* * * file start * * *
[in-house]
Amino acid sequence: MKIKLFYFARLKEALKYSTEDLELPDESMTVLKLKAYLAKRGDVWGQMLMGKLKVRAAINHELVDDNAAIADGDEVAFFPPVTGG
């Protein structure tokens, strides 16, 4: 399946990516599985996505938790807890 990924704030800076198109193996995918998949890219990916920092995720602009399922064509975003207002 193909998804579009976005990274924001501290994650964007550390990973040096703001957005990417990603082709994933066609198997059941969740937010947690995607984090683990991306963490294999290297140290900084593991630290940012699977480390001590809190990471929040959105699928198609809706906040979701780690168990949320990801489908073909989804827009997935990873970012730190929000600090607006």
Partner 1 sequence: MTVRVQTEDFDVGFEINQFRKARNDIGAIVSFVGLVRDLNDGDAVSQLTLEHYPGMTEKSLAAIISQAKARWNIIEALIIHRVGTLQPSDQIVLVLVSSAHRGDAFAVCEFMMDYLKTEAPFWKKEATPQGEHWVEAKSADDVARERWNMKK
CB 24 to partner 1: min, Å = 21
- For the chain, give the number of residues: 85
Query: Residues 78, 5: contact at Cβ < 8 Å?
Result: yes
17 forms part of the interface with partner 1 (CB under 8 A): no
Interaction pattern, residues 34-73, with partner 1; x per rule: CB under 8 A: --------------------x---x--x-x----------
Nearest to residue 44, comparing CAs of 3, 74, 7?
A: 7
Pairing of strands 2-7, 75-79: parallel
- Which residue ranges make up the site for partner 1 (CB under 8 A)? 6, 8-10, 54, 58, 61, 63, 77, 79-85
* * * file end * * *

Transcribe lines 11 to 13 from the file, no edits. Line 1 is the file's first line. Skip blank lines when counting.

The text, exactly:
Nearest to residue 44, comparing CAs of 3, 74, 7?
A: 7
Pairing of strands 2-7, 75-79: parallel